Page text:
Hi, folks. My name is Bartek, and I'm from the deno team, and welcome to Roll Your Own javascript Runtime. Shortly about me, I started contributing to deno in 2018, and then I've become the employee of the company in late 2019, and I've been with the company ever since. I'm currently leading the deno CLI team, and should you have any questions or follow-ups, feel free to reach out with one of the links provided here. So, in this talk, we're going to talk a bit how to create or roll your own custom javascript runtime. We're not going to be doing this from scratch. This talk is based on a couple of blog posts we did in the past. We created a small javascript runtime called Run.js, and you can follow the links and the recording here if you want to learn a bit more about the history of the project. Well, it's, in our opinion, it's quite easy to get started if you wanted to create your own javascript runtime, thanks to the technologies we can now use, which are the engine for executing javascript, but also some of the infrastructure the deno team provides. So, without further ado, let's jump right into it, but before we do that, we need to learn a bit more about deno itself. So, deno is a javascript and typescript runtime. It aims to be fun and productive to use. deno supports importing source codes from a file system from remote servers using HTTP or HTTP as protocol, and we also support npm imports using these npm column specifiers. deno is a typescript runtime in the sense that it's not needed to explicitly build your typescript sources to javascript before executing them. deno can take care of that for you. It can transpile the sources, but it also can type check them. And deno is built using rust and using V8 javascript engine, so, in one sense, it's very similar to node.js because we both use the same V8 javascript engine. However, deno uses rust for its native code, while node.js uses C++. deno comes with batteries included. We've got a lot of tooling that allows you to get up and running in seconds. You've got formatter, test runner, linter. You can even create a self-contained binaries that is you'll package all of the source code you provide and then give you a single executable file. It's kind of similar to the PKG npm package you can use. deno is also very heavily invested in web APIs. We've got a lot of them, most notably Fetch, TextEncoder, and TextDecoder, Blob. We've got support for WebStreams api as well as WebWorker api. There's many, many more of these APIs, and I strongly suggest you visit the MDM page for the api you're interested in and see if deno supports the api. deno and rust, we need to understand a bit of history here in that the first iteration of deno, the first prototype, was not really written in rust. Instead, it was written in Go. However, due to the nature of Go, that is garbage collected, just like javascript, it was decided that we should go away from Go so we don't run into a situation where two garbage collectors are contesting against each other. So deno was rewritten in rust, which is a low-level language or systems language that doesn't have a garbage collector. I can say that this is probably the most influential decision ever made for the deno project. rust allows us to move very quickly, and it allows us to leverage a huge ecosystem of the crates available. Most of the crates are very high quality. For example, an HTTP crate that implements the HTTP protocol is very well tested, and it has great coverage, so we're very confident using it that we'll be adhering to the defined protocol. And last but not least, building deno is really a breeze. Since deno is fully integrated with Cargo, which is rust's build tool or build system, it's just one command to run that will build your whole deno binary, including V8, but not really. We don't force you to build V8 yourself. Instead, we do that in our CI pipeline so that you can use already pre-built binary archives, which saves you a lot of hassle since V8 is a huge project that takes quite a long time to compile. Another thing is that deno is not a monolith. rust provides you with an easy way to factor out pieces of your code to so-called crates. Crates are the equivalent of npm packages, so these are self-contained and reusable libraries that you can download and use whenever you want. And deno, the CLI that you can download, is actually a collection of these crates that is intertwined together, and they are made to work together very well. One of the consequences is that we actually at deno, here at deno company, we don't actually ship just one runtime. We actually ship two different runtimes. We have the deno CLI, but we also have deno Deploy, which is our cloud offering. These runtimes are very similar, however they are not identical. deno CLI is geared towards local development and deploying your code on your own server or LAMPAS, while deno Deploy is geared towards being deployed to cloud-native containers and such. As a consequence, you as a user can choose which crates and APIs you need, and then you can mix and match them to roll your own runtime that fits your needs. Back to our run.js example runtime. What can it do right now? Well, it's just 140 lines of rust and 37 lines of javascript. So that's not very much code, but it already has support for ES modules. It can transpile javascript to typescript on the fly just before execution, similar to how deno can do it. We got an api to read a file, an api to write a file and delete a file. We got some rudimentary console APIs, so we can do console.log and console.error. We have a very basic fetch api, so it looks like fetch, but it can only really do get requests. However, with only 180 lines of both rust and javascript, I think this is pretty phenomenal. So let me give you a super quick demo of the run.js runtime. I am in the repository that was already linked to you, and we can do cargo run dash dash example.ts. So we'll be executing a typescript file right here, and we got hello run.js as well content from fetch. So if we decide to inspect our example.ts file, we can see that it uses console.log. Then we got an interface, so that's definitely typescript. And then we do await run.js.fetch. So we're also using top-level await here, and sorry for the squeaky lines, but it seems my VS code setup doesn't understand it here. All right. So let's jump into some actual interesting things. So why would you want to use your own javascript runtime? So there are a few use cases. First of them is running untrusted code. So you might not believe us shipping deno that it's totally safe to run untrusted code, so you might want to run it inside that container. However, now you've got a javascript runtime and then a container, so there's a bit of slowdown you can expect resource utilization from doing this double wrapping or double sandboxing, because remember V8, the javascript engine, is already a pretty good sandbox. So you might want a limited set of APIs, but on the other hand, you will use much less resources, which leads us to the second point that you might be resource constrained. So deno ships with batteries included. We got a lot of tooling in the CLI, but sometimes that binary might be too heavy for you, or you might not need every api that we provide, and we provide many of them. You can interact with file system, you can do networking. There's a huge implementation of various web APIs, but if you don't need them, maybe you can just use a subset of them, putting in a smaller and slimmer binary. Or lastly, maybe your project could benefit from essentially shipping a self-contained single binary. You can already do this with deno, but sometimes you maybe want to customize it a bit more, or again, remove some of the fat that is not needed in your particular use case. Right here, I linked you to a project of mine, a side project where I tried to wrap ESLint into a binary file that uses the same technologies we're going to be using in this example. Okay, so let's actually do some coding. Let's do something a bit exciting. So I think we may try to implement a set timeout api in run.js. Of course, this will not be the same set timeout api you can see in browsers, or in deno, or in node.js, because while this api is really easy to grasp and use, there are a lot of intricacies to it. What I want to do is essentially implement a set timeout in a way that will take a delay in many seconds, it will take a callback, and then just fire this callback, but we will skip validation, ensuring that everything is property-adhering to WebIDL, and so forth and so on. All right, so let's jump right into the code. I'm going back to my VS code. So, let's start by removing this example, and let's try to do set timeout, and I'm going to do, I'll make this bigger for you, I'll do hello world from timeout, and I want this to fire after a second, so the delay we pass is in milliseconds, so 1,000 milliseconds is a second, and now, if we try to execute this code again, and let me make this bigger for you again, so we executed our example.ts and got a reference error, set timeout is not defined. Well, this is expected. Set timeout is not built into the javascript engine, instead, it's a web api, or built-in api in node.js, but we don't have it here. We need to implement it ourselves. So, let's do just that. I'm going to drop into the runtime.js file which is a file in which we implement all the APIs available in our run.js example. As you can see here, we're assigning to global this.console a console object which I don't want to see the typings, I want to see the actual object. Our console object has log and error function, and then we're assigning global with run.js which contains the four APIs we already talked about. So, let's add another one. This time, it's going to be global this, set timeout, and our set timeout needs to accept two parameters. The first one is the callback, and the second one is the delay in milliseconds. So, how are we going to do that? Well, Copilot is jumping the gun here, but that's not exactly what we will do. We need to call into rust to do something that will wait for the given delay, and only when we've finished waiting, we will fire out the callback. So, let's start by adding, by calling car of async, and we will call it offset timeout. Sure, thank you, Copilot. Then we will do delay as a first argument. That seems reasonable. Then we want to fire the callback, so, yes, that's pretty much it. Okay, so, what will happen if we just try to run it now? Oh, no, a typer. It says ops name is not a function. Well, that is expected, so we just try to call a random function from javascript, and this function is supposed to be defined in rust, however, we haven't defined anything yet, so let's fix it right now. I'm just going to copy the name of this function, and I'm going to go to the file. This is the file that actually implements our whole run time. As I told you earlier, this whole file is just 140-something lines. So, if we scroll to the top, we can see that we got an async function that is op write file, then we got op fetch, op remove file, and op read file. These are the four functions that were also defined in our javascript run time code, so you've got read file here, write file here, remove file, and fetch. Let's just use one of them as an example to provide our offset timeout. I'm going to start with defining the op attribute. The op attribute is coming from deno, so this is something we provided for you. Our offset timeouts will return our result. This will be just identity, and then we will return any error, but we don't really need this error here, but let's just keep it. So, the return value will be okay, and now let's actually do the fun part. We need to somehow sleep for given delay, which I haven't passed here yet, so we've got delay, which will be U64, and now I'm going to leverage the fantastic ecosystem of fast grades to actually asynchronously wait for the given delay. So I'm going to use Tokyo for that, which we already use in another api, so I'm going to use Tokyo, time, sleep, and now I need to pass a duration. Duration comes from STD time duration, and now I need to create it from milliseconds. Sure. Whoops, seems like my IntelliSense is acting up. So, we're going to sleep for a duration taken from the delay variable defined in milliseconds, and then we're just going to await it. So, will this actually be enough? Oh, sure, we don't need to use a question mark here. So, we defined this in javascript, we defined this in rust. Will it work now? Let's try. Oh, no, it's still not working. Well, even though we created this function, we haven't really told our deno crates to use it, so we need to register it here with our extension, and I'm just going to say opposite timeout and run it again. There we go. We just waited for a second, and we printed something out to console. That's pretty awesome for what do we have here? One, two, three, four, five, six lines of rust code, and then we got another three lines of javascript. So, yes, here we got setTimeout, a very basic implementation of setTimeout working. So, let's jump right back into the presentation. Yes, so we created a minimal setTimeout. I think this knowledge, even though it's very minimal and only took us a few minutes, should be enough for you to be able to keep adding more APIs that you might need. So, maybe you would like to create a plugin system for your game server in javascript. You can use deno's crates like we saw in this run JS example, and add some more ops to provide the plugin system. The thing is that deno, even though it's a javascript and typescript runtime, we also give you a lot of infrastructure if you want to drop to a lower level and do something that is really tailored for your needs. So, you can use the same infrastructure we use to implement web APIs or file system or networking, but you can pick just some of them that fit your needs. And, to be honest, the possibilities of what you create with this infrastructure and writing out more on your own is just endless. You're limited by your own imagination here. We're going to keep doing these blog posts and recordings for how you can roll your own javascript runtime with more and more features in the future, so please stay tuned for the next part. And that's it from me. I'm sorry that it was so short and I had to speed-run through it, but I hope you found it interesting. All of the source code, all the nine lines that we did here will be available at this repository, so please drop by and visit it. And, again, if you have any questions, I'll be more than happy to answer them. Shoot me an email or send me a DM over Twitter, and make sure to visit our website. Thank you for having me here, and I hope you enjoyed this talk. Till the next time!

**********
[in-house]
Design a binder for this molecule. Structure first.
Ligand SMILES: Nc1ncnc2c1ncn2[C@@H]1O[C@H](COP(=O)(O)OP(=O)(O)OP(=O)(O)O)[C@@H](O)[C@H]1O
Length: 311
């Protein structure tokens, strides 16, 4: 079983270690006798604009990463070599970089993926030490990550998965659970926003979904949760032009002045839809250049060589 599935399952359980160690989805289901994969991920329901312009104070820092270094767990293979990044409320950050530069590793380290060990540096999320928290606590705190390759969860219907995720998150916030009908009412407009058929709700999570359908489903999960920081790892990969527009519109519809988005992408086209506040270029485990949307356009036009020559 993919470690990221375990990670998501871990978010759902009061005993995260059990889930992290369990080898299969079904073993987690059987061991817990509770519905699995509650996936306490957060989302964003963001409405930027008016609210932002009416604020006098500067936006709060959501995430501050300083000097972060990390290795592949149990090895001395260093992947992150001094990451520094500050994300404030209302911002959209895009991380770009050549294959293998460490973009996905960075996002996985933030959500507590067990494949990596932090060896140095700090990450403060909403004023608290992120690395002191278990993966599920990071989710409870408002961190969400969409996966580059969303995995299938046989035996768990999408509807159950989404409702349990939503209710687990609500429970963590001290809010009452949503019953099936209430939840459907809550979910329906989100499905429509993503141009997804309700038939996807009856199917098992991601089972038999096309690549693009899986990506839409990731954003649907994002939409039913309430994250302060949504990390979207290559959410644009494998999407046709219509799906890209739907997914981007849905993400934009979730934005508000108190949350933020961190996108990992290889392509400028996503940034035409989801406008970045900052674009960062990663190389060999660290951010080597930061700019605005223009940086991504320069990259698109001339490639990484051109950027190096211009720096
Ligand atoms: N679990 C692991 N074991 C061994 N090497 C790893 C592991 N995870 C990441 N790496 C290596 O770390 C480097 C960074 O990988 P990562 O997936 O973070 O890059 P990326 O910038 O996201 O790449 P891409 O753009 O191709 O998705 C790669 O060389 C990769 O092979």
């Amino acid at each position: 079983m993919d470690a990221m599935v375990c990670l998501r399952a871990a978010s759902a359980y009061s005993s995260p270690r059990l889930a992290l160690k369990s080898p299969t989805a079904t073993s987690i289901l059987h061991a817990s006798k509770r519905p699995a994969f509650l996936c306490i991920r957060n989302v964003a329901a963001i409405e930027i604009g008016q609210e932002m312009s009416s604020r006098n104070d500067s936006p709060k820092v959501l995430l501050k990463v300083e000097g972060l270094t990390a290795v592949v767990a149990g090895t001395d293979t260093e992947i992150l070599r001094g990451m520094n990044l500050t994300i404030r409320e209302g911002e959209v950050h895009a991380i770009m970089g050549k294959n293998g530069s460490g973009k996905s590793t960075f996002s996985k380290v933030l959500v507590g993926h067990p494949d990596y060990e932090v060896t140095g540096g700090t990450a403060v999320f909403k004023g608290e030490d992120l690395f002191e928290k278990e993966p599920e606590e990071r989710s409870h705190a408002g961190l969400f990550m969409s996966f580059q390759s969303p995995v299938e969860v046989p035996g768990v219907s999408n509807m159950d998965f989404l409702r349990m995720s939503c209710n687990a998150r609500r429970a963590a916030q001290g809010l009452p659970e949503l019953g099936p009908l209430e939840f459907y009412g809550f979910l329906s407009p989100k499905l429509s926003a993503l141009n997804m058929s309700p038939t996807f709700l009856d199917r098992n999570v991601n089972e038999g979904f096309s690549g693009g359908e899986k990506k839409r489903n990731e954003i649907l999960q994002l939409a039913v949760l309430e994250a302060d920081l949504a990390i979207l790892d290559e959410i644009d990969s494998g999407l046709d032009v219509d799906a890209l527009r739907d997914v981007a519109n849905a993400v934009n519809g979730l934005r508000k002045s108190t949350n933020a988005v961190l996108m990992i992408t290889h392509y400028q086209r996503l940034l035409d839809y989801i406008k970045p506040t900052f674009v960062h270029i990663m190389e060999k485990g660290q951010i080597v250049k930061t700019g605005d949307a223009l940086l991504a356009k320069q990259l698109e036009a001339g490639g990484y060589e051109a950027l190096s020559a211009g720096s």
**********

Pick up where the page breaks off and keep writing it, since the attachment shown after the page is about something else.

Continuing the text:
21 min
17 Apr, 2023